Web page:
My little school is imploding.
I have much the same feeling as I did when I worked in my first restaurant which was a small tea house owned by a woman who had always wanted to own a restaurant, so she found an empty space, took out a second mortgage, spent a lot of money, and lasted six months because she didn’t really know what she had gotten herself into. Though my school has been here six years, it is still trying to find its identity, which has proven to be quite illusive leaving us with predominant daily question of “How do we survive?” which is not a question that fosters growth and learning.
Our foxhole perspective sent me back to something I read in Art and Fear a few days ago.
It is an article of faith, among artists and scientists alike, that at some deep level their disciplines share a common ground. What science bears witness to experimentally, art has always known intuitively – that there is an innate rightness to the recurring forms in nature.
Science advances at the rate that technology provides tools of greater precision, while art advances at the pace that evolution provides minds with greater insight – a pace that is, for better or for worse, glacially slow. . . . [a]nd while a hundred civilizations have prospered (sometimes for centuries) without computers or windmills or even the wheel, none have survived even a few generations without art.
[I]n art as well as in science the answers you get depend upon the questions you ask. (104)To give some context to the passage, the authors weren’t out to foster a divide between science and art as much as they were using the distinction to say some things about the way art tells the truth by contrasting with how science tells the truth. More about that in a bit. First, I want to go back to the statement in the last sentence: the answers you get depend on the questions you ask.
During one of my first units of Clinical Pastoral Education (CPE), where I worked as a hospital chaplain, I read an article that talked about how we could help our patients cope with what was going on by helping them to ask better questions. Those who faced difficult diagnoses, for instance, might find more hope in turning from “Why did God let this happen?” to “What will this mean for my life?” The first ends up in blaming or patronization; the second offers room for discovery and growth.
When I read the line about the quality of our questions, I made a note in the margin: what would Jesus ask?
My mind jumped back to the healing stories in the gospels. On the one hand, the disciples saw a blind man sitting at the gate and asked, “Who sinned that this man should be born blind?” On the other hand – and thank God for other hands – Jesus met the man at the pool who had been there for years and years waiting for his chance and asked, “Do you want to get well?”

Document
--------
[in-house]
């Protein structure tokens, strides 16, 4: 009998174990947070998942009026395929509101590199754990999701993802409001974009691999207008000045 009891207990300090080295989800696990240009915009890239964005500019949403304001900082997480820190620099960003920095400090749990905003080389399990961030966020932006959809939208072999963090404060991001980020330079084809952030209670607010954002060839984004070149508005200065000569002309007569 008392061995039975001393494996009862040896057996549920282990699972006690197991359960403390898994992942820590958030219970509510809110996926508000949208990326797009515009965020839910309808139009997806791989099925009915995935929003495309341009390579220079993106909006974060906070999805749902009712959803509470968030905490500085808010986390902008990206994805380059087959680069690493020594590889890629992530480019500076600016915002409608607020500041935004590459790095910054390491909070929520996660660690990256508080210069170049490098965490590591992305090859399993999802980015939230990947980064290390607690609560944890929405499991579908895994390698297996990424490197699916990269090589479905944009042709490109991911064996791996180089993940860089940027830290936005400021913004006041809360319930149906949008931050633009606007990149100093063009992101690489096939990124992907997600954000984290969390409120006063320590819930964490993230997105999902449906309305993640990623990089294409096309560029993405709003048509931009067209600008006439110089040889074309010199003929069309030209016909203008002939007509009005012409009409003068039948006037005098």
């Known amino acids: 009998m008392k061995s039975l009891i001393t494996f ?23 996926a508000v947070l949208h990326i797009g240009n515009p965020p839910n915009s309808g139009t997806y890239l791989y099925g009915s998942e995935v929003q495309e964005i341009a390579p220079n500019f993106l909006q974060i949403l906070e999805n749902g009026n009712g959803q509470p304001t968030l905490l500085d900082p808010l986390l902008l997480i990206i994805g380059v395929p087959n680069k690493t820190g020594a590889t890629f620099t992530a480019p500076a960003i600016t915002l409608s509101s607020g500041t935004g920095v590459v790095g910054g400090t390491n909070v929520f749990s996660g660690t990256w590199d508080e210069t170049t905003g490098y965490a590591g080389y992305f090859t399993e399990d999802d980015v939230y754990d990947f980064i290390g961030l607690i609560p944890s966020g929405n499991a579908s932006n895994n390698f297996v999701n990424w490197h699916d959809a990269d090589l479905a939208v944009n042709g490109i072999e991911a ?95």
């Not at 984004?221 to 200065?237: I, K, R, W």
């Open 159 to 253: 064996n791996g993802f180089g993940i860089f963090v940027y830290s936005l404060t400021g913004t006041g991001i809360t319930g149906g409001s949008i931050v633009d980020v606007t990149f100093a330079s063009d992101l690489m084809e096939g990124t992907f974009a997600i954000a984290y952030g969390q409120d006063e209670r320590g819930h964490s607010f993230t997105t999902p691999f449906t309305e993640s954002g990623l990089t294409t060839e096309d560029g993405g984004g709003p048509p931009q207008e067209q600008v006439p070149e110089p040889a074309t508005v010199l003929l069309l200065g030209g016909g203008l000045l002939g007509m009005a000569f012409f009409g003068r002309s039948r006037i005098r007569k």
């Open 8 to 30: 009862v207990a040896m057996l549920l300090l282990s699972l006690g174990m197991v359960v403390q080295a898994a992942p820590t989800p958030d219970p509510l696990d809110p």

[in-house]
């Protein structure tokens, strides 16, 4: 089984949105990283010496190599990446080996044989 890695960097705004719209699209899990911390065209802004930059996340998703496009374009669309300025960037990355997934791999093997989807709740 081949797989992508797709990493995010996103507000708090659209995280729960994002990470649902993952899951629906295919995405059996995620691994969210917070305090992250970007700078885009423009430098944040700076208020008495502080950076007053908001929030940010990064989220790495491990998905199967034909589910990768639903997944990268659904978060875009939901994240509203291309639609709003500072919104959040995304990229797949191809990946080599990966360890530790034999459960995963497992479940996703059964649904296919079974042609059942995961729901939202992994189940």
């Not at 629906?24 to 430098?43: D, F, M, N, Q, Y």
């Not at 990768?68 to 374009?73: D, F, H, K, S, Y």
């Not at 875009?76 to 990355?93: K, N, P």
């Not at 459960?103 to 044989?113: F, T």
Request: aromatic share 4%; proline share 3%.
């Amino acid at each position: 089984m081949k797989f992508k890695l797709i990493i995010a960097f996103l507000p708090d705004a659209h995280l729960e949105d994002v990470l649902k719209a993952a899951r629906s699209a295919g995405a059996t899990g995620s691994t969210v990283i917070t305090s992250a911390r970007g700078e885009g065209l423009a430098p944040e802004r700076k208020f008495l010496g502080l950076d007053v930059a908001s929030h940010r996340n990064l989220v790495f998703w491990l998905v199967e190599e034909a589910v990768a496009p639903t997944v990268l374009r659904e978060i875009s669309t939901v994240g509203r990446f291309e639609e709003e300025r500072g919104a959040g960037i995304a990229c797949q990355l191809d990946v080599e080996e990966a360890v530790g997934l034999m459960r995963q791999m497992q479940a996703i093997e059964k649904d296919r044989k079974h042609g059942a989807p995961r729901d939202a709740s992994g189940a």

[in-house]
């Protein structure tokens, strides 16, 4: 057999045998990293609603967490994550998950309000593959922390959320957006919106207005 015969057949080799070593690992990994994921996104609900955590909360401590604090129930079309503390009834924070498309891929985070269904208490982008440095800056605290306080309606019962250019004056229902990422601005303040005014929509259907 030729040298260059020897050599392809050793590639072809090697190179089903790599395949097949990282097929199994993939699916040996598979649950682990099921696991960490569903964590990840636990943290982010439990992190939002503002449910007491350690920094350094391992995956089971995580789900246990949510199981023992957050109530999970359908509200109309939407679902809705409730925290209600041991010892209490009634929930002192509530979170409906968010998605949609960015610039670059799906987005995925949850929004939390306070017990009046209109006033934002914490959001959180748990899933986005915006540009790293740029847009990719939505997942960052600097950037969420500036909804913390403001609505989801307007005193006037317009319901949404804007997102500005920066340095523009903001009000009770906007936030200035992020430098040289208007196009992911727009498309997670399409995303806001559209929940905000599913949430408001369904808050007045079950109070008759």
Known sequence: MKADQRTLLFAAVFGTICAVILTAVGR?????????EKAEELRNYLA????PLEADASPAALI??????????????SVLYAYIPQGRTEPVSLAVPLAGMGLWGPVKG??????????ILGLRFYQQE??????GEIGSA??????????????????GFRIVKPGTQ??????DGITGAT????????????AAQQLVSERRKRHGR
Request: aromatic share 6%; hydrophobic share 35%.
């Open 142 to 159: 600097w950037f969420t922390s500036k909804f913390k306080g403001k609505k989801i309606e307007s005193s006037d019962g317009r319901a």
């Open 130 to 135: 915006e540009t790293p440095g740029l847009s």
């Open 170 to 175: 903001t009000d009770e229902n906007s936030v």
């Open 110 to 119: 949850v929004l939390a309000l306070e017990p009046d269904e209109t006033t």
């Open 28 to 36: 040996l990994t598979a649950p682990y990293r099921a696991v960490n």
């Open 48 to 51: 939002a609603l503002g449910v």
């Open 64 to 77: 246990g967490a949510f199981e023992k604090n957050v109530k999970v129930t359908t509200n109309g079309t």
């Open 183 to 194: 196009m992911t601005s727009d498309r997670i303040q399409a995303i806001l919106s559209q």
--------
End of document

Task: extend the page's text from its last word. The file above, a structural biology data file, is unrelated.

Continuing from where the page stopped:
The answers we get are only as good as our questions.
Instead of asking how we are going to survive or what else could go wrong, I keep asking for the grace to remember that the kids in the building need more from me than fear, bitterness, or resignation. They need me to act like this matters so they can do likewise. They need me to ask questions that call us together and help us figure out how to make meaning of these days, regardless of how much it feels like I’m teaching at Titanic High. I must, therefore, go back and pick up art as a metaphor for life and faith and then reread the following passage:
There is a moment for each artist in which particular truth can be found, and if it is not found then, it will never be. No one else will ever be in a position to write Hamlet. This is pretty good evidence that the meaning of the world is made and not found. Our understanding of the world changed when those words were written, and we can’t go back . . . any more than Shakespeare could. . . . The world thus altered becomes a different world, with our alterations being part of it. (106)One of our teachers left this week because he got an offer that he was right to take. We had a goodbye party for him on Wednesday. He had been here for almost three years teaching in the middle school, so the eighth graders were only in sixth grade when he arrived. He asked a great deal of himself and the kids and he got great answers from all concerned. At the party, one eighth grade boy said, “You’re the greatest teacher I’ve ever had because you helped me learn to be myself.” That teacher changed the world for the boy and helped him make meaning of the cultural hell we call middle school, which ranks right up there with writing Hamlet.
In a school on its last legs, in a culture built on greed, in a political climate of rage and cynicism, in a world that is broken and hurt, what would Jesus ask?
What will I ask? And then, how will I answer?